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Lesson Plans and Worksheets for Grade 8

Lesson Plans and Worksheets for all Grades

More Lessons for Grade 8

Common Core For Grade 8

Examples, solutions, and videos to help Grade 8 students learn how to use rational approximation to get the approximate decimal expansion of numbers and distinguish between rational and irrational numbers based on decimal expansions.

### New York State Common Core Math Grade 8, Module 7, Lesson 11

• Students distinguish between rational and irrational numbers based on decimal expansions.

• We know that to determine the approximate value of an irrational number we must determine between which two rational numbers it would lie.

• We know that the method of rational approximation uses a sequence of rational numbers, in increments of 10^{0}, 10^{-1}, 10^{-2}, and so on, to get closer and closer to a given number.

• We have a method for determining the approximate decimal expansion of the square root of an imperfect square, which is an irrational number.

Lesson 11 Classwork

Opening Exercise

Place √28 on a number line. What decimal do you think √28is equal to? Explain your reasoning.

Example 1

Recall the Basic Inequality:

Let c and d be two positive numbers, and let n be a fixed positive integer. Then c < d if and only if c^{n} < d^{n}

Write the decimal expansion of √3.

First approximation:

Second approximation:

Third approximation:

Example 2

Write the decimal expansion of √28.

First approximation:

Second approximation:

Third approximation:

Fourth approximation:

Exercise 2

Between which interval of hundredths would √14 be located? Show your work.

Lesson Plans and Worksheets for Grade 8

Lesson Plans and Worksheets for all Grades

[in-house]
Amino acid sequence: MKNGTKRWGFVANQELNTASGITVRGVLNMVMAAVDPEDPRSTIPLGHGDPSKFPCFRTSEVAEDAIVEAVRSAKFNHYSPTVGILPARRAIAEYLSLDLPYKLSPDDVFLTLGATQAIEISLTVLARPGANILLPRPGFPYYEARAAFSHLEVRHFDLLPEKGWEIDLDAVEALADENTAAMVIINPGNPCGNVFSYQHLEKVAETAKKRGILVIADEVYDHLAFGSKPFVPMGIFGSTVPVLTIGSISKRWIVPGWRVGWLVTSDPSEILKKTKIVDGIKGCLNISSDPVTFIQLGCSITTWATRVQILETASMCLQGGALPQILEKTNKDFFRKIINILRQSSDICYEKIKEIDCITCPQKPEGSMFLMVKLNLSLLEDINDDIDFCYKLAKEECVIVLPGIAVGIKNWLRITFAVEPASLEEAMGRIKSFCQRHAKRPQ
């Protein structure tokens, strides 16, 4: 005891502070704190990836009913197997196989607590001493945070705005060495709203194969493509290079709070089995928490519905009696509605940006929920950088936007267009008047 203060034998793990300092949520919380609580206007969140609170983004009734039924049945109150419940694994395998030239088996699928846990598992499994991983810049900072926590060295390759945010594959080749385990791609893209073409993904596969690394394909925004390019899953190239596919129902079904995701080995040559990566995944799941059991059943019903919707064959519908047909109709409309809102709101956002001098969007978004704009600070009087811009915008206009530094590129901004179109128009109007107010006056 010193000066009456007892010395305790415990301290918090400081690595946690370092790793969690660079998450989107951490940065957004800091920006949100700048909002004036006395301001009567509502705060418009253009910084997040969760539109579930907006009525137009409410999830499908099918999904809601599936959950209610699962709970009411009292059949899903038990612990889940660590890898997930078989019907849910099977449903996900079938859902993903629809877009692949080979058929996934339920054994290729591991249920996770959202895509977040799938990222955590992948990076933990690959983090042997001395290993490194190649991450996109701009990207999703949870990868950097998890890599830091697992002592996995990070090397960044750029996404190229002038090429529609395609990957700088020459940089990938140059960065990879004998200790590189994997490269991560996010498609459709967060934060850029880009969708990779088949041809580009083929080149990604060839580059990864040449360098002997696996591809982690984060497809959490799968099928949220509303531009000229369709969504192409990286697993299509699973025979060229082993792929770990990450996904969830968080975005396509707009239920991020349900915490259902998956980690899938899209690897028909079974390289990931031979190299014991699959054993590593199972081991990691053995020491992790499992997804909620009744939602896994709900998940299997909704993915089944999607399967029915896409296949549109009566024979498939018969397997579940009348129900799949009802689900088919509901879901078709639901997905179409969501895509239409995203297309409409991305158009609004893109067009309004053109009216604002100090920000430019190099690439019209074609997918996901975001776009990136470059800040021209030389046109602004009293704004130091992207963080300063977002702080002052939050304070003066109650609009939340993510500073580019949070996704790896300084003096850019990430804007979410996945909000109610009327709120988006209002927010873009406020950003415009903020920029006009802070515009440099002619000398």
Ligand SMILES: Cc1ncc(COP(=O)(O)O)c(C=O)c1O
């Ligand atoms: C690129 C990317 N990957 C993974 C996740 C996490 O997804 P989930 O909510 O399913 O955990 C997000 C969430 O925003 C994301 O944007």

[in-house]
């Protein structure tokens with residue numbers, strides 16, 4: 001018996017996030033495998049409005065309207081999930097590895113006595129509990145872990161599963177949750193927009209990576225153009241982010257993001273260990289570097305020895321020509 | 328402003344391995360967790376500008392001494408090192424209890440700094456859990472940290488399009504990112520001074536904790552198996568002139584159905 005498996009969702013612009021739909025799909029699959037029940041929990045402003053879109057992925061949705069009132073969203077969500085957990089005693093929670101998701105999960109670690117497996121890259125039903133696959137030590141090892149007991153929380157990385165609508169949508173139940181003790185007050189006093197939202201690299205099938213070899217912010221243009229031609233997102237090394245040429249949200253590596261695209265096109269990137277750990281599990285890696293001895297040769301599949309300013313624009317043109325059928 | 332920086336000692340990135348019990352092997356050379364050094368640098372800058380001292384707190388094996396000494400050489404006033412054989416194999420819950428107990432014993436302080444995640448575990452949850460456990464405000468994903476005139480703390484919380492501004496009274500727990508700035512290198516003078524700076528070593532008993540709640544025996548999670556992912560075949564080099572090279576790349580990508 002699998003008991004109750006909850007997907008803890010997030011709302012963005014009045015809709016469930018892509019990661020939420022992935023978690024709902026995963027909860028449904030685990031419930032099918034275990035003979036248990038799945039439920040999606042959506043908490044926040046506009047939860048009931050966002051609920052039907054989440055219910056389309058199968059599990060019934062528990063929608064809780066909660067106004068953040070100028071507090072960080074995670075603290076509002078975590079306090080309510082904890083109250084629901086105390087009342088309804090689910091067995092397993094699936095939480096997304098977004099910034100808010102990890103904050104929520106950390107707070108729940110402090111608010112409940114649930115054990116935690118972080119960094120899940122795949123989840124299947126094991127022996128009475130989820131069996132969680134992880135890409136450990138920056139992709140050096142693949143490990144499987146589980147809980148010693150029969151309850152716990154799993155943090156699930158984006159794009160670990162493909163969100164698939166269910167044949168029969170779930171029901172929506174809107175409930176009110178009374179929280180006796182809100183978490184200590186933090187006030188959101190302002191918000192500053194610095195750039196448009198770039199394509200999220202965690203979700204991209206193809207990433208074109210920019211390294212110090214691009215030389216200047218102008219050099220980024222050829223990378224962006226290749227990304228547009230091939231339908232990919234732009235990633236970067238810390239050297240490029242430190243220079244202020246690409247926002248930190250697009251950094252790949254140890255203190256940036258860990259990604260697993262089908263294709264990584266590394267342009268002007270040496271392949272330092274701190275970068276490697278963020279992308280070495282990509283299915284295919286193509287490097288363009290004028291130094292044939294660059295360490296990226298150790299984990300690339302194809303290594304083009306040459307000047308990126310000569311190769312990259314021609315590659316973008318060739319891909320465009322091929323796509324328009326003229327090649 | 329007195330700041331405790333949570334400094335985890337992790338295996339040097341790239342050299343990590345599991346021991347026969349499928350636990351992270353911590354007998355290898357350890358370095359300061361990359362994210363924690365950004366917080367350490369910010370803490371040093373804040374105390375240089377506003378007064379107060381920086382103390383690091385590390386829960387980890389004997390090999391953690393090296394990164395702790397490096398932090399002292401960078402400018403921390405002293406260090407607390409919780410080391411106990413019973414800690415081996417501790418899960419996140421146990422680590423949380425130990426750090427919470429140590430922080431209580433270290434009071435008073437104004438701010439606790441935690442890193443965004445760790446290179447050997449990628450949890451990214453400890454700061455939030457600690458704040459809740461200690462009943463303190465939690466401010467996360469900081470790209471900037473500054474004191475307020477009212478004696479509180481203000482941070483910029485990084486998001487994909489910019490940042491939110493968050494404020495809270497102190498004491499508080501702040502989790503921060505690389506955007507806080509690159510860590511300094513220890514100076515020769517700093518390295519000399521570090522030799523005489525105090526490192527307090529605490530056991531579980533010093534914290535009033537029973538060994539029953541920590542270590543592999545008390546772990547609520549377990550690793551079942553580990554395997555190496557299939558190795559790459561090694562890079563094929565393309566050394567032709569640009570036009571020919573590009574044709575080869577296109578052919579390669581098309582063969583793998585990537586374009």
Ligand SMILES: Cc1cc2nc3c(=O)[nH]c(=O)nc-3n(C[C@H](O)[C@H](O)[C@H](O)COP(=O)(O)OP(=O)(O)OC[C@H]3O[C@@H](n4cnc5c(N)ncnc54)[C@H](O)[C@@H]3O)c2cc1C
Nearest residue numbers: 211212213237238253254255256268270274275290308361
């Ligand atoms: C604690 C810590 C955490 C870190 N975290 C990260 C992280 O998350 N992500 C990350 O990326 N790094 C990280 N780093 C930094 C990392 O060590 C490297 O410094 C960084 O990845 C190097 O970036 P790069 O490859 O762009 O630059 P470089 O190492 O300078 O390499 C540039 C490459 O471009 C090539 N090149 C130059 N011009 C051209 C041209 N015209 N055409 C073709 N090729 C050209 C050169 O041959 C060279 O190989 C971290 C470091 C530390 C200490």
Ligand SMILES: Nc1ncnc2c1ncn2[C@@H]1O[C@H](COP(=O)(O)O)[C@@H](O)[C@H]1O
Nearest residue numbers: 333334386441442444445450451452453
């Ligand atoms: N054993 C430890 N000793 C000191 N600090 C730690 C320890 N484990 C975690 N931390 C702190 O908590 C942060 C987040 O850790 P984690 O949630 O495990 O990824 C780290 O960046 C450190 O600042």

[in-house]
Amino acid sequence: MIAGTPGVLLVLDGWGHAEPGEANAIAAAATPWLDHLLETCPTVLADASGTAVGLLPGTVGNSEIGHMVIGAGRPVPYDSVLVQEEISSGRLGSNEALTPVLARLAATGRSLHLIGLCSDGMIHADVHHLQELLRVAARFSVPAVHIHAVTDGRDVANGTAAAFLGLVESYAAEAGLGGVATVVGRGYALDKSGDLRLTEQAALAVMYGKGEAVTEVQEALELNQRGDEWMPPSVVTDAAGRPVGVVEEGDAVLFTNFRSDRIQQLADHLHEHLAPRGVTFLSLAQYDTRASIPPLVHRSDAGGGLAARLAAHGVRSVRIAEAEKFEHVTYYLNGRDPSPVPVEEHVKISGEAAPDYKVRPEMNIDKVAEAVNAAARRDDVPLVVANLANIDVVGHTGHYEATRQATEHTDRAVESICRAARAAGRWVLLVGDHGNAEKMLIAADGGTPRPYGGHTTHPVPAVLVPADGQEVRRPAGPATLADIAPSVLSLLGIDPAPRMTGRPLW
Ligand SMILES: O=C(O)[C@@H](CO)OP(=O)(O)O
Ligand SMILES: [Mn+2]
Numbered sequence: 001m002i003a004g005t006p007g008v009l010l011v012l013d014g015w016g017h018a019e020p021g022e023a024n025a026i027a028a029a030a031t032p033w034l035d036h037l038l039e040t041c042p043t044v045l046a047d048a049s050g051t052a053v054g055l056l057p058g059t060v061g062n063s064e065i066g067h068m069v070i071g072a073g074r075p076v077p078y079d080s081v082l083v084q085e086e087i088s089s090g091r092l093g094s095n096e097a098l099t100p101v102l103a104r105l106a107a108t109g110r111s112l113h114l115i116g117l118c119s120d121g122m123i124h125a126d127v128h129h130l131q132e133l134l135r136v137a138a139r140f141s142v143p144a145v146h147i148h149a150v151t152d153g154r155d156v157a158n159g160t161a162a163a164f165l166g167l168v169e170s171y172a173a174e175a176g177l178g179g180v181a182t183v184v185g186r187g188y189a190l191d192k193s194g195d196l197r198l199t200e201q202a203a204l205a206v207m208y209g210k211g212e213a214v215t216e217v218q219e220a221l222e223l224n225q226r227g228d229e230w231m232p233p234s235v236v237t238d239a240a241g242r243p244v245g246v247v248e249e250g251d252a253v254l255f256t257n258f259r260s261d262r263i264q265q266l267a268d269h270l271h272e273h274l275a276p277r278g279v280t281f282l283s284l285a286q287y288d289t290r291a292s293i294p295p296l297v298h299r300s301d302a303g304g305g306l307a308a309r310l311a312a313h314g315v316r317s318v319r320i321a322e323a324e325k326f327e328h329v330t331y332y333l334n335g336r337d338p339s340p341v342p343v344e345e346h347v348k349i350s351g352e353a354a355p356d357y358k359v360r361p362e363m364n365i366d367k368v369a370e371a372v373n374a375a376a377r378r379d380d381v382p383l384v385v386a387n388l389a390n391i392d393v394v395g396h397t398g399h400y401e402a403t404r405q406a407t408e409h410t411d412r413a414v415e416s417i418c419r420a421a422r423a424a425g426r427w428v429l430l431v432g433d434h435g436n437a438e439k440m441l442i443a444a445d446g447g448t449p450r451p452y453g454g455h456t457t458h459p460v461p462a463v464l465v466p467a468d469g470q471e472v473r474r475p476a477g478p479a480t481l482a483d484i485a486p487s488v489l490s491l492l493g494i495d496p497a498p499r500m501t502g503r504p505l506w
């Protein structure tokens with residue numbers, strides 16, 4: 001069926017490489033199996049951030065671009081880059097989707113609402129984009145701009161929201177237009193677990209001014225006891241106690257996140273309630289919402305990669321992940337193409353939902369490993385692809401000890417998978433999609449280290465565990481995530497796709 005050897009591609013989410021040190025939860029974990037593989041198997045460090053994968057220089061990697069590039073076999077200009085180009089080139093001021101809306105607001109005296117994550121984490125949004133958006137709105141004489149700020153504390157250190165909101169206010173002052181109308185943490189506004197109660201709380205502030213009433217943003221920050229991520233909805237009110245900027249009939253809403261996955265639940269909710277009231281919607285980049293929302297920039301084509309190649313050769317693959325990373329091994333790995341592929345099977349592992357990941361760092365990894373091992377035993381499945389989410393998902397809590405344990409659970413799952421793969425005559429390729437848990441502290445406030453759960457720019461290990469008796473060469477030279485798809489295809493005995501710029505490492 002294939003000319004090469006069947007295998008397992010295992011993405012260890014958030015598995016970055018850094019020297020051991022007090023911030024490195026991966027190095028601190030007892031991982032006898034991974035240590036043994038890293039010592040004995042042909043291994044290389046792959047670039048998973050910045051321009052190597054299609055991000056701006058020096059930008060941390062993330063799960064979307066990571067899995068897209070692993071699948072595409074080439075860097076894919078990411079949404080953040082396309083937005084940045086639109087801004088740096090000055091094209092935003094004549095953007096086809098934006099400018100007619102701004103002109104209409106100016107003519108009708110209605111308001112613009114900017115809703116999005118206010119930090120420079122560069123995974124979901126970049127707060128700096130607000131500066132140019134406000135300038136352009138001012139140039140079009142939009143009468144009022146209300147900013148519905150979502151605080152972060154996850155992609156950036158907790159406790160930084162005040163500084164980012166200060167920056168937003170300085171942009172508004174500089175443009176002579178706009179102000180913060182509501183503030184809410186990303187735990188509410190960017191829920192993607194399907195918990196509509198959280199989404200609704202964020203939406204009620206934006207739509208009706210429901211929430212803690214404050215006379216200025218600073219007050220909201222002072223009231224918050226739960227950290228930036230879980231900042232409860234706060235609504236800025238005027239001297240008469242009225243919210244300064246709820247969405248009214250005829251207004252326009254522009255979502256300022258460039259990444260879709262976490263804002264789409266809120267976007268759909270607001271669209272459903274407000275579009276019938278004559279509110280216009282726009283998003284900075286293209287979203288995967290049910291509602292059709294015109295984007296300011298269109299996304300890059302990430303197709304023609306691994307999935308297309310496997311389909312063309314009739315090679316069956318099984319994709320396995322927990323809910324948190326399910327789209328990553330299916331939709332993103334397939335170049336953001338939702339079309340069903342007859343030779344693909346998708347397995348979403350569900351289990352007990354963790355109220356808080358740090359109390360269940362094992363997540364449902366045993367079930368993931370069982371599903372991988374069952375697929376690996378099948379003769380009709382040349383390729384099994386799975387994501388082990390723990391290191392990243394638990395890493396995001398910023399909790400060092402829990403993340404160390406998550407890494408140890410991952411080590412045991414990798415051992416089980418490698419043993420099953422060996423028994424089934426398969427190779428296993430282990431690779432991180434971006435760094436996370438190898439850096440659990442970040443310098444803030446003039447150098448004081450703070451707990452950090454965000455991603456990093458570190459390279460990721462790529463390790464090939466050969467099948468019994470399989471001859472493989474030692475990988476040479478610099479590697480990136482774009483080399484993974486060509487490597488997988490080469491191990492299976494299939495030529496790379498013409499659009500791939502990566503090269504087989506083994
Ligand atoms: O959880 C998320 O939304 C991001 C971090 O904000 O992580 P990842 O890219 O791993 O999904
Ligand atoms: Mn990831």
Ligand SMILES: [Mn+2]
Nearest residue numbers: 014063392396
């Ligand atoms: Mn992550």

More Lessons for Grade 8

Common Core For Grade 8

Examples, solutions, and videos to help Grade 8 students learn how to use rational approximation to get the approximate decimal expansion of numbers and distinguish between rational and irrational numbers based on decimal expansions.

Download Worksheets for Grade 8, Module 7, Lesson 11

Lesson 11 Student Outcomes

• Students use rational approximation to get the approximate decimal expansion of numbers like √3 and √28• Students distinguish between rational and irrational numbers based on decimal expansions.

Lesson 11 Summary

• We know that any number that cannot be expressed as a rational number is an irrational number.• We know that to determine the approximate value of an irrational number we must determine between which two rational numbers it would lie.

• We know that the method of rational approximation uses a sequence of rational numbers, in increments of 10

• We have a method for determining the approximate decimal expansion of the square root of an imperfect square, which is an irrational number.

Lesson 11 Classwork

Opening Exercise

Place √28 on a number line. What decimal do you think √28is equal to? Explain your reasoning.

Example 1

Recall the Basic Inequality:

Let c and d be two positive numbers, and let n be a fixed positive integer. Then c < d if and only if c

Write the decimal expansion of √3.

First approximation:

Second approximation:

Third approximation:

Example 2

Write the decimal expansion of √28.

First approximation:

Second approximation:

Third approximation:

Fourth approximation:

Exercise 2

Between which interval of hundredths would √14 be located? Show your work.

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